Stanislaus Pilgrin, a Polish chess master and handsome gigolo, marries wealthy Jewish widow, Dr. Michele Wolf, an X-ray technician and has an affair with her step-daughter, Fabienne and ... See full summary »
J. Lee Thompson
In 1939 Germany invaded Poland and Russia comes as thousands of Polish soldiers are interned in Siberia. In 1941, Russia was invaded by Germany. Two polish-born brothers, Victor and Marek, want to reach the border of Afghanistan and escape from the Siberian concentration gulag. Once they do, they locate to the father of one of his fellow captives and give him some news about his son. The father, grateful, promises help and allows them to settle in Sukumov's home. Victor and Marez fall in love to Marusia and Ajmi, respectively. The two brothers decide to move to another city but Victor need to be hospitalized due to a contagious illness: typhus. Written by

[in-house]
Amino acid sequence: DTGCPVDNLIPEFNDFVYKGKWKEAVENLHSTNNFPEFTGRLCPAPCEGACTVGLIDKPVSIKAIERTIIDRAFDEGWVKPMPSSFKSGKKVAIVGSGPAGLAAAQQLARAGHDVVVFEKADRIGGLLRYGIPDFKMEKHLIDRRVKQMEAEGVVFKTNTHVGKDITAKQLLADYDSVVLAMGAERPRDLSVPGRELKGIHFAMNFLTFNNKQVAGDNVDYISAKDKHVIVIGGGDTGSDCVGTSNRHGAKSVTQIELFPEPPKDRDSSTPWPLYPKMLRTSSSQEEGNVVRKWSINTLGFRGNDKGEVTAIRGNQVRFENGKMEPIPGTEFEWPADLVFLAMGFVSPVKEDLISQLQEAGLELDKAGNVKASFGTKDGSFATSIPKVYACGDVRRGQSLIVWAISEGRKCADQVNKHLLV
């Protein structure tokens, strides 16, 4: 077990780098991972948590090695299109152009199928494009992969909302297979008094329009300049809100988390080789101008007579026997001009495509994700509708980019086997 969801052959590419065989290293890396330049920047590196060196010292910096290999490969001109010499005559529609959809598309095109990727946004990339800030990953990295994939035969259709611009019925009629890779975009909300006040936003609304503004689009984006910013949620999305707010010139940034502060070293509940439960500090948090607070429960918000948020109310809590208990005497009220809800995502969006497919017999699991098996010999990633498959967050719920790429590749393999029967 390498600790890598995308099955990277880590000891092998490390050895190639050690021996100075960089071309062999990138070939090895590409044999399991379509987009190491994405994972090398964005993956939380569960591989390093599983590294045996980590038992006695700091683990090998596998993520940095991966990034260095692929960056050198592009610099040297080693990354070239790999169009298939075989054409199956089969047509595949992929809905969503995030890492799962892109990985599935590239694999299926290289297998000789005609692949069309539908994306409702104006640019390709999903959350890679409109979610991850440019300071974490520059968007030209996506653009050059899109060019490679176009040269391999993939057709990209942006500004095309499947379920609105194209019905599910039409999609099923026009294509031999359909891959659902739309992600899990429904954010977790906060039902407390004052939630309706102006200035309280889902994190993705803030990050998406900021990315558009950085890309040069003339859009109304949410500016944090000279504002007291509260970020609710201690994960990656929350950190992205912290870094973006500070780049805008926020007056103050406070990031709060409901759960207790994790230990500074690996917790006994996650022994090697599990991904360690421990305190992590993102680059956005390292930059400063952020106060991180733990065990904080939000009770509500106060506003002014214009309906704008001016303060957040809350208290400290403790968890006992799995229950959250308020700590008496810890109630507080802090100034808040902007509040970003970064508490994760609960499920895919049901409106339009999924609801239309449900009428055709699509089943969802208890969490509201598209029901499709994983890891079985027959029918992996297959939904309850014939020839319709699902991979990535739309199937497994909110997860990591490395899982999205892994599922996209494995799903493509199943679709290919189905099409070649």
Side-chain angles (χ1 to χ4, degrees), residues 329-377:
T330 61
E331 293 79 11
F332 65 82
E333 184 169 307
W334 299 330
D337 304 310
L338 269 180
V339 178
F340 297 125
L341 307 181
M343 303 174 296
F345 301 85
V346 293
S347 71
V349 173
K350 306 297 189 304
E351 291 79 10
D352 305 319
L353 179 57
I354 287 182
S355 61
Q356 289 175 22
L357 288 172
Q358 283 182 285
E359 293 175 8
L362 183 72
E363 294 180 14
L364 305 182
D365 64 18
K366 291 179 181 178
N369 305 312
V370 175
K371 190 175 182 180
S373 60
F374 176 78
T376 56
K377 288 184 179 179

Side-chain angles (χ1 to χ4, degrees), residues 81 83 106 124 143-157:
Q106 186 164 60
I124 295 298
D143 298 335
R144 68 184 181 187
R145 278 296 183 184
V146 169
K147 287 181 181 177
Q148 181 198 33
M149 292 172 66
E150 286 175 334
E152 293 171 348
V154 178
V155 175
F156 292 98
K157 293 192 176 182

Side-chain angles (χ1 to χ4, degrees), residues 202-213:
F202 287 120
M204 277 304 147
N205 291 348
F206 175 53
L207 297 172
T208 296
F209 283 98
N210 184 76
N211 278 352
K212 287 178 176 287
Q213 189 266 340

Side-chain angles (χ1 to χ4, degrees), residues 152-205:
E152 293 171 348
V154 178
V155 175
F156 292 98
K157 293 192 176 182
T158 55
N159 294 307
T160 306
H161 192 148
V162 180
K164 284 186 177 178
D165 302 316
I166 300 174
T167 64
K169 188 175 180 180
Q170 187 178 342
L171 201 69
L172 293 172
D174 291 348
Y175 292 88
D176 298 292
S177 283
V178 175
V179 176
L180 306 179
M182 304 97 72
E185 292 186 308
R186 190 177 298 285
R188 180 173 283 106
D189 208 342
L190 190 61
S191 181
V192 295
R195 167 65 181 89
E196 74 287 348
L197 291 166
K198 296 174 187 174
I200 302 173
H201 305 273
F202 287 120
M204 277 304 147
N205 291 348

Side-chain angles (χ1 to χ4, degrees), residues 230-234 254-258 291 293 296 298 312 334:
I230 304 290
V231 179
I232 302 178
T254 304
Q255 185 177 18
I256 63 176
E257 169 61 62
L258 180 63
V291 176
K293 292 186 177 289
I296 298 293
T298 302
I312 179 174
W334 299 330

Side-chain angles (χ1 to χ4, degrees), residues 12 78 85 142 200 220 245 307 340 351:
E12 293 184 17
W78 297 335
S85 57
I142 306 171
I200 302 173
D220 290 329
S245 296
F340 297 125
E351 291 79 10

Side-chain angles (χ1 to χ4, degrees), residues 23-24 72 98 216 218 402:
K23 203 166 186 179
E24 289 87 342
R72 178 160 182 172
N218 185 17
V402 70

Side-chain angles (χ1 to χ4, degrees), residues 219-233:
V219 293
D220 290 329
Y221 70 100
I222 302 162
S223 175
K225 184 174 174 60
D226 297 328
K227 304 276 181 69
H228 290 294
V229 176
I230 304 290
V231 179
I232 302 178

There's not much to recommend this bloated and overlong international co-production. Stars Maxmillian Schell and Raf Vallone play brothers in the Polish Army who, in 1940, flee their Siberan labor camp in an effort to reach the comparative safety of Afghanistan. First, though, they must sojourn in Uzbekistan, where they are sheltered by kindly Ibram (Fernando Rey). Unfortunately, Schell falls for Ibram's lovely wife Ajmi (Irene Papas) whilst Vallone develops a crush on local lass Marusia (Maria Perschy) before falling ill to a case of typhus. All of these soap opera style diversions lead up to the film's less than thrilling escape climax, as our intrepid heroes finally try to cross into Afghanistan. Your eyes will have glazed over by the 50 minute mark, but the film drags on for another hour.
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